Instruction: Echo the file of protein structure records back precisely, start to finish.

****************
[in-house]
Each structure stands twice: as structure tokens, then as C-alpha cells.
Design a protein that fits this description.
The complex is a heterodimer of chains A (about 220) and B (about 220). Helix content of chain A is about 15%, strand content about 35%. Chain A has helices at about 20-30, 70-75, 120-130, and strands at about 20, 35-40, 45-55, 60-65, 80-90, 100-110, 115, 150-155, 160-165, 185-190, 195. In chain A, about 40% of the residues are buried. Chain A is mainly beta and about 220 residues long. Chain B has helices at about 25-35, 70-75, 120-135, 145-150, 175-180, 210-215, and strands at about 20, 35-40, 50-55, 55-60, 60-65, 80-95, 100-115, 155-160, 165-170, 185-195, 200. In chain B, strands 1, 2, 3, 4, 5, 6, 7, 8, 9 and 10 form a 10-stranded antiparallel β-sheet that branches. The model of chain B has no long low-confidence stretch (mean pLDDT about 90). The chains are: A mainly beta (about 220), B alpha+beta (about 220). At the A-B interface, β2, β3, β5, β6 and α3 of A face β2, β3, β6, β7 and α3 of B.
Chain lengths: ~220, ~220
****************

[in-house]
Each structure stands twice: as structure tokens, then as C-alpha cells.
Design a protein that fits this description.
The complex is a heterodimer of chains A (about 220) and B (about 220). Helix content of chain A is about 15%, strand content about 35%. Chain A has helices at about 20-30, 70-75, 120-130, and strands at about 20, 35-40, 45-55, 60-65, 80-90, 100-110, 115, 150-155, 160-165, 185-190, 195. In chain A, about 40% of the residues are buried. Chain A is mainly beta and about 220 residues long. Chain B has helices at about 25-35, 70-75, 120-135, 145-150, 175-180, 210-215, and strands at about 20, 35-40, 50-55, 55-60, 60-65, 80-95, 100-115, 155-160, 165-170, 185-195, 200. In chain B, strands 1, 2, 3, 4, 5, 6, 7, 8, 9 and 10 form a 10-stranded antiparallel β-sheet that branches. The model of chain B has no long low-confidence stretch (mean pLDDT about 90). The chains are: A mainly beta (about 220), B alpha+beta (about 220). At the A-B interface, β2, β3, β5, β6 and α3 of A face β2, β3, β6, β7 and α3 of B.
Chain lengths: ~220, ~220